Counsel accepted that at the conclusion of the process of allocating the various measures to places in tables I had an overriding obligation to consider the general purpose of fire safety legislation and further accepted the terms of the guidance that in setting the level of a fine it must be “sufficiently substantial to have a real economic impact which will bring home to both management and shareholders the need to comply with health and safety legislation”.
In assessing the financial position of the company counsel properly recognised that I should not have regard to the turnover and profit and loss figures only for the years subsequent to the fire (which of course were markedly reduced) but should have regard to the figures in advance of that and he properly made appropriate accounts to me. He was also able to indicate to me the expectation in relation to turnover in the current financial year should it be that the hotel is able to reopen as anticipated. In that respect he suggested the figure may have been in the order of about £15 million. While accepting that may not be very far removed, I observe that the process of renovation and rebuilding of the hotel has increased the capacity of the hotel and it may be realistic to anticipate that turnover would also increase from the pre-fire situation although the extent by which that will happen is very difficult if not impossible to determine at this stage. Using the relevant figures fits the description in the guidance of a medium sized organisation which is an organisation of a turnover between £10 million and £50 million.
In concluding his submissions in relation to the guidance I was asked to consider that none of the aggravating factors set out were present whereas all of the mitigating factors were evident in relation to the actions of the company at the time and thereafter.
The advocate depute made some additional comments in relation to the applicability of the guidelines and as I have already indicated where I should place the company in terms of the appropriate grids and guidance.
As I have indicated I do not consider that the deaths which arose, the harm which affected significant people then and still, the passage of time over which these identifiable failure of fire safety had arisen in circumstances where the company were alerted by two separate expert advisers, would justify me in simply leaving the matter in the range of penalties set out for medium culpability with level 2 harm category. I do not, however, completely discount submissions made by counsel as to the overall extent of the company’s arrangement in relation to fire safety as part of health and safety provision. I also specifically take account of the absence of any aggravating features as described in the Sentencing Guidelines and the inclusion of all the mitigating features. I include in my assessment the financial information given to me in terms of turnover and profit. I also have regard to the fact that the company had appropriate fire insurance to allow the rebuilding of the hotel, that they had occupier liability insurance which will deal with any civil action which might arise from these tragic events and also had profit insurance, the result of which is likely to be that the company will not have sustained the significant losses in relation to their income which might otherwise have happened. In these circumstances the obligation of making any fine sufficiently substantial to have real economic impact in my view requires that the penalty move up rather than down.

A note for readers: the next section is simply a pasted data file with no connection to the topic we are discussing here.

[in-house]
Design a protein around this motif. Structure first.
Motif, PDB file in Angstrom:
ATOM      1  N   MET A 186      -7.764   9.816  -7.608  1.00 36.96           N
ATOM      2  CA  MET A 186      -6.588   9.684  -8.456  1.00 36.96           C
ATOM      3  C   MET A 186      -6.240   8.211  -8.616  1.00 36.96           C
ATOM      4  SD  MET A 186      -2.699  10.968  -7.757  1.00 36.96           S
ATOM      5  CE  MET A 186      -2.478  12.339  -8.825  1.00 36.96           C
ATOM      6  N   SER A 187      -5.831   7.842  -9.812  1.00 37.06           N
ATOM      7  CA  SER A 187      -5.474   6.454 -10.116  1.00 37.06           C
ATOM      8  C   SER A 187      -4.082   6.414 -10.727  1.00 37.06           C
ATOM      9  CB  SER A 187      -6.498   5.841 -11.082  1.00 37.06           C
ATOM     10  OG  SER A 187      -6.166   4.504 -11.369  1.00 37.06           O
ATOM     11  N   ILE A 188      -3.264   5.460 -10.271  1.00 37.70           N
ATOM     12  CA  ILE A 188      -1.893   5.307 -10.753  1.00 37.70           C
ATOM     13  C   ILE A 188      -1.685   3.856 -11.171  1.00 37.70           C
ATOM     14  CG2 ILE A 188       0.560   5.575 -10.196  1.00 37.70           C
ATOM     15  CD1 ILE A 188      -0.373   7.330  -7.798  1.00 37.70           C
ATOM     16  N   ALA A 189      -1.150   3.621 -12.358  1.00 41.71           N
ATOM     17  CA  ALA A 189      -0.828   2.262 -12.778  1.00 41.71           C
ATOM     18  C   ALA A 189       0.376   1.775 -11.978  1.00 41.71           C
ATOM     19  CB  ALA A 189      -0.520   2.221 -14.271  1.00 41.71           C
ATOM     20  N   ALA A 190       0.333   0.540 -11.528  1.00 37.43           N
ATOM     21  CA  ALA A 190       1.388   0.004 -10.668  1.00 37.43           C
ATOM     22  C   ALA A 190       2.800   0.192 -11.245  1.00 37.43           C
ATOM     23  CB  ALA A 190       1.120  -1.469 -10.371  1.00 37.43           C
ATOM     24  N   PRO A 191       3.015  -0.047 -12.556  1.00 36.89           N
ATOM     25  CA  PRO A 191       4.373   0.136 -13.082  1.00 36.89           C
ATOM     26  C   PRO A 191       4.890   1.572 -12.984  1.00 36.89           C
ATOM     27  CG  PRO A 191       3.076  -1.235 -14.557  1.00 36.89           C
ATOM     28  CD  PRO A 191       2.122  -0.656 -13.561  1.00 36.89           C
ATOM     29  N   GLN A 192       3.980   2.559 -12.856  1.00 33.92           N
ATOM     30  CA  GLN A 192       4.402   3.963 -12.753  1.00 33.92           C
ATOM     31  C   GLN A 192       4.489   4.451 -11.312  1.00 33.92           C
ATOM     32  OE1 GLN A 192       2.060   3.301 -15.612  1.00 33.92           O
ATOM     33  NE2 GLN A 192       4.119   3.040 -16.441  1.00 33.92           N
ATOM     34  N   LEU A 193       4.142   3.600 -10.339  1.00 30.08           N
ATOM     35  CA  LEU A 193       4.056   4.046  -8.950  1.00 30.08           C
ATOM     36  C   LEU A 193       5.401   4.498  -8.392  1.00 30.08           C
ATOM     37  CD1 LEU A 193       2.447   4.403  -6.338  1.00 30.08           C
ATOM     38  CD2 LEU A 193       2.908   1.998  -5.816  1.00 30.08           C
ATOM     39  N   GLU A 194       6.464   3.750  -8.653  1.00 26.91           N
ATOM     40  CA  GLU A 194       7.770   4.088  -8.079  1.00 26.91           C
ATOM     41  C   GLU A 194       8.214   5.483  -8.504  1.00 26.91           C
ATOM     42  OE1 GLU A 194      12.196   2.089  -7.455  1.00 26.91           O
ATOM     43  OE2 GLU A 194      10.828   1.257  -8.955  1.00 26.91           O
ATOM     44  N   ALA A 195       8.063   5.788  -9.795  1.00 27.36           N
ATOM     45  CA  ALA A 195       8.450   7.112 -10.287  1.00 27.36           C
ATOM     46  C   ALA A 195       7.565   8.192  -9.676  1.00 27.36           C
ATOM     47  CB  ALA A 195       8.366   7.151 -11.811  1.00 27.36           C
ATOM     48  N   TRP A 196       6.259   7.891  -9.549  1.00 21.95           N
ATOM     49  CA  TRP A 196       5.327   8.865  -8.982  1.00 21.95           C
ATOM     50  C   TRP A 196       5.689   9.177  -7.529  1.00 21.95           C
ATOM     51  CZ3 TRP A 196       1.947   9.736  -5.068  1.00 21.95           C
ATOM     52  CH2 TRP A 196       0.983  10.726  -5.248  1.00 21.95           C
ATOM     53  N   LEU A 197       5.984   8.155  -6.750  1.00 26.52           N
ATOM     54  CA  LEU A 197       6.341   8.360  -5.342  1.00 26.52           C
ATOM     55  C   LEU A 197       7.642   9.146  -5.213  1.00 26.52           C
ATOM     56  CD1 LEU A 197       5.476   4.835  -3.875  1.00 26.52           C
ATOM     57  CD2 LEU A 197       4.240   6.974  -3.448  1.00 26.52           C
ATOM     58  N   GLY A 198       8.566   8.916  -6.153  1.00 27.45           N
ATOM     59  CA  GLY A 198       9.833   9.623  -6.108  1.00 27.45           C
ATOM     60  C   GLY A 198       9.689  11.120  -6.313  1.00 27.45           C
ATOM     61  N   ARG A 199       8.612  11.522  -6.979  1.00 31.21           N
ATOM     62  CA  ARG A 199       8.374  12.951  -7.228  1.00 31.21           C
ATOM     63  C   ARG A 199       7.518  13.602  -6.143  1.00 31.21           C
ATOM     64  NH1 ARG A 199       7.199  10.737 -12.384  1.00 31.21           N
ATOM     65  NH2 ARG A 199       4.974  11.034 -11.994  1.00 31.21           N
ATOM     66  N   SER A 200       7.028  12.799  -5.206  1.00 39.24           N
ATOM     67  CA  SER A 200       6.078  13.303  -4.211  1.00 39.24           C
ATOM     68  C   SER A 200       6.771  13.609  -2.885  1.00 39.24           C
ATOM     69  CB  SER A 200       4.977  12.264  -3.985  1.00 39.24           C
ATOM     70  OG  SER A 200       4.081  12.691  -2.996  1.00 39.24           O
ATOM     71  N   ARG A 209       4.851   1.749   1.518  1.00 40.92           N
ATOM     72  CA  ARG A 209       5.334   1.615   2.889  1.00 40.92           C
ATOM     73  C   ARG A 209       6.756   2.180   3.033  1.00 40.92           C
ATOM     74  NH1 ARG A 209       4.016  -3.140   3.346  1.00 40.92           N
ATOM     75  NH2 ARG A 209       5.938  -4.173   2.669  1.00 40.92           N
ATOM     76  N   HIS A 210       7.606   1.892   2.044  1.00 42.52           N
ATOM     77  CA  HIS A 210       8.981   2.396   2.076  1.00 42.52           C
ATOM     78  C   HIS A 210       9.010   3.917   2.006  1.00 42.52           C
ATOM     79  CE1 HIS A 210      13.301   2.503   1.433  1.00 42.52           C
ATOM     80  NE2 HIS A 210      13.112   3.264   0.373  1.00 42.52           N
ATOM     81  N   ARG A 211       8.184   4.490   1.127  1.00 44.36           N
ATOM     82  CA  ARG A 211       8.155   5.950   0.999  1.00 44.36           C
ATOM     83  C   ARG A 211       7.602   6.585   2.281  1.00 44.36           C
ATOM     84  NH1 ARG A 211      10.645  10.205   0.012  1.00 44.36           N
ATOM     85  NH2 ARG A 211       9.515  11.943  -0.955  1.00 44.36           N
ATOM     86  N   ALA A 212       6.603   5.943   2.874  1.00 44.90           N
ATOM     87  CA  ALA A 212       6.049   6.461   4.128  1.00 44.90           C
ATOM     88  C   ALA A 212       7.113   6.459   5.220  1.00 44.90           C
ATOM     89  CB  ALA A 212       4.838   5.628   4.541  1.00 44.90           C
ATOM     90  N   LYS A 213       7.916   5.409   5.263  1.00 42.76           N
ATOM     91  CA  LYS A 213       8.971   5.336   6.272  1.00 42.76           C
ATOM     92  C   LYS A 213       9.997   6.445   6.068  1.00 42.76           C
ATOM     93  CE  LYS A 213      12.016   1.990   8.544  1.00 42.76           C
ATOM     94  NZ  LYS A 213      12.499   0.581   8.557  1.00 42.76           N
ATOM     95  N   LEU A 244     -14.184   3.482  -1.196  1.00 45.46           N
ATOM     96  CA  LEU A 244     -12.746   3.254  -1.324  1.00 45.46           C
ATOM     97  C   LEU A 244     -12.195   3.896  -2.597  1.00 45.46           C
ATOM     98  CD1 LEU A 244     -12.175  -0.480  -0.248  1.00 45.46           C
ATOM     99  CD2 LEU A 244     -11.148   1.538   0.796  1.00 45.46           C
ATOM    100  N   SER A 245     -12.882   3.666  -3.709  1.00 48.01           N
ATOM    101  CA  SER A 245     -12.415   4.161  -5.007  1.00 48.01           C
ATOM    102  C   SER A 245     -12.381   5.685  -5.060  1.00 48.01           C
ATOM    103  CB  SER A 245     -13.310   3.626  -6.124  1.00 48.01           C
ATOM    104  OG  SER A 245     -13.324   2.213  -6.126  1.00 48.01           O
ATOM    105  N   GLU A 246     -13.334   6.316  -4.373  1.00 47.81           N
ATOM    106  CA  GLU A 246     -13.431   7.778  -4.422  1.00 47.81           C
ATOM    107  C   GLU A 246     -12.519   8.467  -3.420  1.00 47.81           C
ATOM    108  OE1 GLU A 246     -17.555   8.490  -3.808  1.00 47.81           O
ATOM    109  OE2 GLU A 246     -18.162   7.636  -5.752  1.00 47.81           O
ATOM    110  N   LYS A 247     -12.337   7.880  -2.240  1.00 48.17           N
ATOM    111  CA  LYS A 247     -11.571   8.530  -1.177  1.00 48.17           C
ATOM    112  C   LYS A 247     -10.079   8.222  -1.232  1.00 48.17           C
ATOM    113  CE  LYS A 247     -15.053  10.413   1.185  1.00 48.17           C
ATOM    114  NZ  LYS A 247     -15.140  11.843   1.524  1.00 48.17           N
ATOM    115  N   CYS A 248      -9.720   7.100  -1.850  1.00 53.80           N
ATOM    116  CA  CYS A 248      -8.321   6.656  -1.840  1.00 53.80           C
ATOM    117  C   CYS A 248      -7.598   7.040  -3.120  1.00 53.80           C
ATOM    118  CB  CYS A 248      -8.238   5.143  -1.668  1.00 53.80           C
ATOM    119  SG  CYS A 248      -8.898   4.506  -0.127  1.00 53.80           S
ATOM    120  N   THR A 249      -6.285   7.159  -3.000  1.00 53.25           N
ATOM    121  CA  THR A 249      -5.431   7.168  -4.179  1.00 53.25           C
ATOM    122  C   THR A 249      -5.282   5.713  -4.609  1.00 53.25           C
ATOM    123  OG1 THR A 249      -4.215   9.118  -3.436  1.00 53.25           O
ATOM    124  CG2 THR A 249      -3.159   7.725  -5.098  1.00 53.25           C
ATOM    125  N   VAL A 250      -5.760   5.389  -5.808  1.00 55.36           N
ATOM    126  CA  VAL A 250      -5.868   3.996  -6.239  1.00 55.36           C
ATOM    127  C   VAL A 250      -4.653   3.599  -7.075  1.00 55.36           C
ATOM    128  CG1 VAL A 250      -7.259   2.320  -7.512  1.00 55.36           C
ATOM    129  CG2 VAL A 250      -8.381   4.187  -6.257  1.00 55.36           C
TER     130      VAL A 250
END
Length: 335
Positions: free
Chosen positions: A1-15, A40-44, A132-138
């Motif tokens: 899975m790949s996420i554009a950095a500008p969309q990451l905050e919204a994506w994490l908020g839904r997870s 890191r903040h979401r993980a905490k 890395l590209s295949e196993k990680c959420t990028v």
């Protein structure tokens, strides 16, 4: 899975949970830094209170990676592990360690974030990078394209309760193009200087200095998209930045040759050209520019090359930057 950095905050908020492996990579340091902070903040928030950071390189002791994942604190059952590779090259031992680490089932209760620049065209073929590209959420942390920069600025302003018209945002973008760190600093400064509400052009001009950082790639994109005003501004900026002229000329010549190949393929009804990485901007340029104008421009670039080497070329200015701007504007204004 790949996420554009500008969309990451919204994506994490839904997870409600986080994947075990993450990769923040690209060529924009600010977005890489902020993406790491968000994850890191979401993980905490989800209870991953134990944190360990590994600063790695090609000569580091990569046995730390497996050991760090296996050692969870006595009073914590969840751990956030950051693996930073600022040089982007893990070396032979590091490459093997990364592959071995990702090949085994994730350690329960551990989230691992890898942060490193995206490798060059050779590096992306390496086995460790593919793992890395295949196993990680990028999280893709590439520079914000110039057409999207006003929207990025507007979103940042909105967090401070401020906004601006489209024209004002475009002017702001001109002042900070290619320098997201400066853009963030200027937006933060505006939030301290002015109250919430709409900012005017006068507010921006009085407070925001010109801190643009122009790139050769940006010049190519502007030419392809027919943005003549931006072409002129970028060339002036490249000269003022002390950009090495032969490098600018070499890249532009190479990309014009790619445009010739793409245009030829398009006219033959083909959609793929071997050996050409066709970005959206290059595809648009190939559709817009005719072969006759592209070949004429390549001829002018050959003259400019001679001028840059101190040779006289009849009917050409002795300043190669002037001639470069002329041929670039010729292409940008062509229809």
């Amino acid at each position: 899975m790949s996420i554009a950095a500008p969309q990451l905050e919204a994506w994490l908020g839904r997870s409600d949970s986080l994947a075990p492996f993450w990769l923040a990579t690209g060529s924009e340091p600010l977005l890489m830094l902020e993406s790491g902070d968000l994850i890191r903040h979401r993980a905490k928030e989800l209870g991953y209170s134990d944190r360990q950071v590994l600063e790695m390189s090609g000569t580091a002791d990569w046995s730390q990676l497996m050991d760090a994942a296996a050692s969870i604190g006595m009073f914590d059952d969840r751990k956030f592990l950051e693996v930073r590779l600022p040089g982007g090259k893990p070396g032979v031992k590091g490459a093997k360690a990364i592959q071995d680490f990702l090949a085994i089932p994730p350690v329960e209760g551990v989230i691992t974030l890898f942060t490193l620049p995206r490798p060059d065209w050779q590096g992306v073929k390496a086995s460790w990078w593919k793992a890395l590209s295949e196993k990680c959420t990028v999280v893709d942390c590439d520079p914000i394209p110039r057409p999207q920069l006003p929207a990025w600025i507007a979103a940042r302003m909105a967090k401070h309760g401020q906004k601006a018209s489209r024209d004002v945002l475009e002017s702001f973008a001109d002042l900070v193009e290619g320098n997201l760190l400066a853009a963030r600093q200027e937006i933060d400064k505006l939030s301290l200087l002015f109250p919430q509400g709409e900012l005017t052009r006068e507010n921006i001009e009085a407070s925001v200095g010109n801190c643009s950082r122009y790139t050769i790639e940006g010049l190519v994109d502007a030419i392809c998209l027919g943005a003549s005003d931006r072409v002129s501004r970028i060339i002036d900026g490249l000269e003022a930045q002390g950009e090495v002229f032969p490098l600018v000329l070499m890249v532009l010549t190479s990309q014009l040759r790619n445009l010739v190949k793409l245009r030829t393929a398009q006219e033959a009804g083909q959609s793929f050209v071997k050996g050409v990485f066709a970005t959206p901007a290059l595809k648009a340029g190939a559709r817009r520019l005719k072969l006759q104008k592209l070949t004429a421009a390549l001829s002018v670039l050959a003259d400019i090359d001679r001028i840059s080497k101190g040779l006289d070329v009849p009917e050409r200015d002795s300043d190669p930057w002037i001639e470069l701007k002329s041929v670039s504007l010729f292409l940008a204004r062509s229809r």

In all of these circumstances therefore I consider that the appropriate penalty which I ought to impose in relation to both charges would have been a fine of £750,000. Since the plea was tendered by section 76 procedure and accepted by the advocate depute as being a plea tendered in line with discussions from an early point and where, had the matter proceeded to trial, this would, in all likelihood, have been a lengthy and potentially complex trial involving many witnesses, from a variety of locations and many expert witnesses, I consider that it is appropriate to afford the company a discount in the order of one third from that penalty. I will therefore impose a fine of £500,000.”
29 January 2021